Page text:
'Their Opinions Matter': Library Program Empowers Teens to Find Their Voice
Growing up, New Orleans-based activist Toni Jones said she always had people to look up to for inspiration, empowerment, and guidance. Now, Jones hopes to do the same for this new generation, which is why she partnered with the Library to present Young Activists Speak Out last July.
M’issa Fleming, a youth services librarian at Main Library, organized the program in response to the rise in racial justice protests last summer and asked Jones to participate. The series was created to provide a space for teens to discuss politics and current issues, as well as to figure out ways they can use their own voices to empower themselves, Jones said.
“Young people are often dismissed or discouraged from thinking of themselves as potential political figures. And that’s just really not the truth, history shows that,” Jones said. “There are so many huge conversations happening right now that directly affect youth. But, so often, people are not listening to or asking for the perspective of young people. We hoped that by creating this space and opening these conversations, we could show our youth that their opinions do matter, and they do have a voice.”
In February, Fleming and Jones hosted another Young Activists Speak session to showcase Black history in the making. They’ll meet again June 10 for a Pride edition of the program, which will highlight how local queer and trans teens are making their communities more fabulous, safe, and welcoming.
Jones is a member of Southerners on New Ground (SONG) and the co-founder of the Real Name Campaign. While most of her work centers on LGBTQ issues, she said it’s been a joy hearing young people get excited about their own work and what matters most to them.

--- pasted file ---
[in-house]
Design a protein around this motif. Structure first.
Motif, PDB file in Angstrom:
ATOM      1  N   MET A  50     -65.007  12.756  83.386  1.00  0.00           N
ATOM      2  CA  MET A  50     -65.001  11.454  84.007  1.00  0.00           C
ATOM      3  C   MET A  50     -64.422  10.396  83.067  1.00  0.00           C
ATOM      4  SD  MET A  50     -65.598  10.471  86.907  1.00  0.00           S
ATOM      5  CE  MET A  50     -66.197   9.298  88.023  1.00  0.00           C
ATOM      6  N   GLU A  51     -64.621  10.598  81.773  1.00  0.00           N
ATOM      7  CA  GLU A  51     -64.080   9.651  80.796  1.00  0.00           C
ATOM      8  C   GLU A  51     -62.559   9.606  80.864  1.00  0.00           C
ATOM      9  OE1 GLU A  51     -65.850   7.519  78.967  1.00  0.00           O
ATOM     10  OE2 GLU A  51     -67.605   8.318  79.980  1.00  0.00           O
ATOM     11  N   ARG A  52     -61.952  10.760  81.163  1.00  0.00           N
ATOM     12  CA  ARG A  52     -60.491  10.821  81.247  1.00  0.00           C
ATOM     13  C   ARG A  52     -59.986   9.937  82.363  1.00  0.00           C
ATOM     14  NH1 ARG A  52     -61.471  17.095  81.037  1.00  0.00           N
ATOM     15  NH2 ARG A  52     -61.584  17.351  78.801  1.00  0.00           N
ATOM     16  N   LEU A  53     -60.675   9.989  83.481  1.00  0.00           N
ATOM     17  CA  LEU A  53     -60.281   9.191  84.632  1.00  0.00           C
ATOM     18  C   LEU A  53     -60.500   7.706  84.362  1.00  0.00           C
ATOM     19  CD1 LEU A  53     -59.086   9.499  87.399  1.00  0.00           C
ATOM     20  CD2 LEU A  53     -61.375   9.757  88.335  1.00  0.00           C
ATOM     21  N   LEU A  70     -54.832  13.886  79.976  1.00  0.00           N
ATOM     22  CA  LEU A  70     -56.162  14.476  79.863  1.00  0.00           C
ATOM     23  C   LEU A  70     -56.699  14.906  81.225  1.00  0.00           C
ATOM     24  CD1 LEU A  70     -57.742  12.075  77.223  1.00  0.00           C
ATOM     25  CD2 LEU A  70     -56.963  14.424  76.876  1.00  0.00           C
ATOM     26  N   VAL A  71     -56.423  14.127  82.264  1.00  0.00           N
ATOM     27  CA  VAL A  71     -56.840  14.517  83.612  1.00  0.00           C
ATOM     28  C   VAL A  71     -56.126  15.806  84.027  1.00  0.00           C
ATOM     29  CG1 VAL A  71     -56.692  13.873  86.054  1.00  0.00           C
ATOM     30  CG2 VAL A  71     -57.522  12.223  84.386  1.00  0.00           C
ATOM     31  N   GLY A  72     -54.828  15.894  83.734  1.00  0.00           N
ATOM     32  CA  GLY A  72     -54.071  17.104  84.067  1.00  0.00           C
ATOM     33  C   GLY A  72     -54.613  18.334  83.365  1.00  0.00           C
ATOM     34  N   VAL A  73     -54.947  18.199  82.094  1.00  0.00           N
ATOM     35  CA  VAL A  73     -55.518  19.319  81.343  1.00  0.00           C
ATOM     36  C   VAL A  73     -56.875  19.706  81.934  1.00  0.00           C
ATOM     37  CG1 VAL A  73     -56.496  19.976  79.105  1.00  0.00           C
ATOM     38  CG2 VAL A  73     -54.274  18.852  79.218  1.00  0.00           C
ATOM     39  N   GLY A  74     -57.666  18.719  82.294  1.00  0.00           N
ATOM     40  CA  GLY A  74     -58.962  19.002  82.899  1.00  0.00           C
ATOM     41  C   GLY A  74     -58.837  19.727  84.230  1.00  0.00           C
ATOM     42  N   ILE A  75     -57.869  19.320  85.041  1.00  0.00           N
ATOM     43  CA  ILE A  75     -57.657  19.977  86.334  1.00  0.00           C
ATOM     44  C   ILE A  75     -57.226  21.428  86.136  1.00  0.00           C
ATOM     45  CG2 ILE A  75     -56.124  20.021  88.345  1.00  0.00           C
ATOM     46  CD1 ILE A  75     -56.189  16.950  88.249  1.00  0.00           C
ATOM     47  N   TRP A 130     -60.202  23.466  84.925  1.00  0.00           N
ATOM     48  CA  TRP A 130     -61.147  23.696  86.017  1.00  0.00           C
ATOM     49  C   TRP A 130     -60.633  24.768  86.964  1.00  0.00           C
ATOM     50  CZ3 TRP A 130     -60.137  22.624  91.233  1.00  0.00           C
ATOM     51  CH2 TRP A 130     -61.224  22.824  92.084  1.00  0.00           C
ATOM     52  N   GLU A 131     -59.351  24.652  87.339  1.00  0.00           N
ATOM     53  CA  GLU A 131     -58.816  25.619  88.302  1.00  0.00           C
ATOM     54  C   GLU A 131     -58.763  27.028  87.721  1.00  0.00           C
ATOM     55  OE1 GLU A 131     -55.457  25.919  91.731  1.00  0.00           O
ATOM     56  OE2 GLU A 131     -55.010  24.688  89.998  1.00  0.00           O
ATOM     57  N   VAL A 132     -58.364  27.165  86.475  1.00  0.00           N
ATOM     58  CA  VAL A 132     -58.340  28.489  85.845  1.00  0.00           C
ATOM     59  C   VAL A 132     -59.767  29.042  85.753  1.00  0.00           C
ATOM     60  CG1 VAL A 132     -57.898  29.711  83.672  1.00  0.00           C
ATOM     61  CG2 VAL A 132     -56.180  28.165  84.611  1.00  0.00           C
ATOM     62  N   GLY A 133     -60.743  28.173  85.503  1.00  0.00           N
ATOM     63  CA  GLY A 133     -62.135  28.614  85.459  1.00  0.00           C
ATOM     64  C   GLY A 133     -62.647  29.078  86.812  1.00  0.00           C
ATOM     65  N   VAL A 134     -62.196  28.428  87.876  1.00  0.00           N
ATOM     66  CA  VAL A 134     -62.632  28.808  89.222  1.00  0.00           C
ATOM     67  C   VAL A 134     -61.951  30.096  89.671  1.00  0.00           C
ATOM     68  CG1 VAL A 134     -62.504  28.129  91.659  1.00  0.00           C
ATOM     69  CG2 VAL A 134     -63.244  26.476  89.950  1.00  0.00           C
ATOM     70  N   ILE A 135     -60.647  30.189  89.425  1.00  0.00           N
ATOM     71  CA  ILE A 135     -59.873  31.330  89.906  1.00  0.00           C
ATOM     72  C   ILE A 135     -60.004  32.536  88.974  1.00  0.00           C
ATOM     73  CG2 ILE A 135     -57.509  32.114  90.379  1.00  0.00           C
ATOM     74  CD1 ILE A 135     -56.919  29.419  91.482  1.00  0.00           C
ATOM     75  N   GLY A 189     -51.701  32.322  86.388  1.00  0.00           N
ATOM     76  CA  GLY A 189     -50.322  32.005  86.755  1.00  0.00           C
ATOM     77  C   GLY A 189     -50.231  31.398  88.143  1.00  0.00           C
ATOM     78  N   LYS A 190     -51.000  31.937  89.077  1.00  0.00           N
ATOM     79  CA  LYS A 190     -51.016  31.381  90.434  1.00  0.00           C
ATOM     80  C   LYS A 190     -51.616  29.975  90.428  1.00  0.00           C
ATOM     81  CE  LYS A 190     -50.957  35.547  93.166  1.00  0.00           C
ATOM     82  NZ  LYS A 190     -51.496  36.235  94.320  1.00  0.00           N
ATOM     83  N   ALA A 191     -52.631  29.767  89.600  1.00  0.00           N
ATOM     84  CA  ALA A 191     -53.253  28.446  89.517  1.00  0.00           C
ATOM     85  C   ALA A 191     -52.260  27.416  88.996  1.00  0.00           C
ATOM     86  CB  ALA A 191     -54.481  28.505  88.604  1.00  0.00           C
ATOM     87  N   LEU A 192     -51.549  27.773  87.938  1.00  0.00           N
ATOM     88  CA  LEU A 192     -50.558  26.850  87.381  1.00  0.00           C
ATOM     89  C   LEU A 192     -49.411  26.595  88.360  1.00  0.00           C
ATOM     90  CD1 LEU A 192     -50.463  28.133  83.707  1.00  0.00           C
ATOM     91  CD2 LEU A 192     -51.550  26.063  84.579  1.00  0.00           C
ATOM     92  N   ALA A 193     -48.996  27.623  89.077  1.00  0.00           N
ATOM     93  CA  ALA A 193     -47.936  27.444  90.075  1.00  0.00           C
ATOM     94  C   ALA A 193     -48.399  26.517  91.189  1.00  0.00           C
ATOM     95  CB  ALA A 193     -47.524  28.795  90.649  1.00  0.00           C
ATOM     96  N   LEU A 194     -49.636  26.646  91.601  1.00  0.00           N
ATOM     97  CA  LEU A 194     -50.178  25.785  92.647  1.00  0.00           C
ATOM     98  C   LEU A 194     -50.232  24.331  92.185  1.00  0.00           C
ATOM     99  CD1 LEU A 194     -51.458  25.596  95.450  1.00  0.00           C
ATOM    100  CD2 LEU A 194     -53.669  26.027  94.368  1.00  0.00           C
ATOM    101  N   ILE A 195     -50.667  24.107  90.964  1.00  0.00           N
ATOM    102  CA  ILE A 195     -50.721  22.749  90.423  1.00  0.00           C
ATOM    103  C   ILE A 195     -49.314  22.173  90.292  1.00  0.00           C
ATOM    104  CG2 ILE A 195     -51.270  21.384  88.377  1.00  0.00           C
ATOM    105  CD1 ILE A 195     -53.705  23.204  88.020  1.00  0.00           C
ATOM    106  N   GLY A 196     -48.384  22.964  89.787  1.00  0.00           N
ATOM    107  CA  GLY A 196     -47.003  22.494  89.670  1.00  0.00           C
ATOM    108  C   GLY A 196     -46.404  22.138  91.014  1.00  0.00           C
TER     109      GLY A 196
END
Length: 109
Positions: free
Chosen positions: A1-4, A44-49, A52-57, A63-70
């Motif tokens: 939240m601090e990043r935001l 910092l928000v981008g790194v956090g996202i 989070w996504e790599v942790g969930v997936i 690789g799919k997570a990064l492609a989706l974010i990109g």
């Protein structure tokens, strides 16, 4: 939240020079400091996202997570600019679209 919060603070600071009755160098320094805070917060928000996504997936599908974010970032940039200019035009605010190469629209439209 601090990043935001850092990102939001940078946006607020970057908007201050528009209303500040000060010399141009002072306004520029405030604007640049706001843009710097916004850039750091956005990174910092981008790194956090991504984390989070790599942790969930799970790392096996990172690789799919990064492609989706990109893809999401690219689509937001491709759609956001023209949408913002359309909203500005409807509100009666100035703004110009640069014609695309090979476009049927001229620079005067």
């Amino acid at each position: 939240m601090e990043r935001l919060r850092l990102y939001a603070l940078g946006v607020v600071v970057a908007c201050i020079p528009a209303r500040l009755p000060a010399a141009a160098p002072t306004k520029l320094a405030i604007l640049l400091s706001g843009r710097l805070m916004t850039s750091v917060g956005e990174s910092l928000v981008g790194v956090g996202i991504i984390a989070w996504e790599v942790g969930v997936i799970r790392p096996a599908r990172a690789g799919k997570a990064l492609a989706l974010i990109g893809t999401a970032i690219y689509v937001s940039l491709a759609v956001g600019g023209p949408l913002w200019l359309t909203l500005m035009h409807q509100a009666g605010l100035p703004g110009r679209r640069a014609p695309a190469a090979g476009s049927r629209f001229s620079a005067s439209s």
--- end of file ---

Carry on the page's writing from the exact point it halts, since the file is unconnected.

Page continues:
“Activism isn’t just one set thing, and that’s why having these conversations are so important,” she said.
Aside from simply inviting young people to the table, Jones said hosting this program with the Library is a great opportunity to expand their sense of community.
“The Library is one of the few places that young people can go to and not be expected to buy something and are welcomed in without suspicion or hesitation. So with the Library opening its space for conversations like this, it adds to the real sense of community that young people are able to access,” Jones said. “The Library is for everybody. But, if you don’t usually go into that place, you might not know that. By hosting these events with the Library, we’re showing them that they are welcome there, which, in turn, unlocks a whole world of knowledge and resources that they otherwise might not have known about.”
In addition, Jones said hosting with the Library provides unique opportunities to enhance the conversations themselves.
“By having them in the Library, we can introduce a topic and then immediately be able to show them how to further their knowledge on it,” she explained. “That’s huge. We’re showing them right then and there how to empower themselves through knowledge, not just abstractly.”
Jones said she hopes to continue the Young Activists Speak Out program into the future, which she said facilitates one of the most important building blocks of social change.
“I think sometimes the most important part of activism might not necessarily be organizing a march or leading a sit-in or other type of protest but just having conversations and creating spaces where people can relationship-build,” she said. “I think it’s great that the Library is helping to make that space for young people. Ultimately, this is about them. We’re here to guide them and answer their questions, but we want them to walk away from these events feeling like they have a place, they have a community, and empower them to build from that.”
Young Activists Speak Out: Pride Month Edition will be held Thursday, June 10 from 6 to 7:30 p.m. on Zoom. Please note: This is a teens-only event, for ages 11-17, or up to 19-year-olds if still enrolled in high school. Click here to register.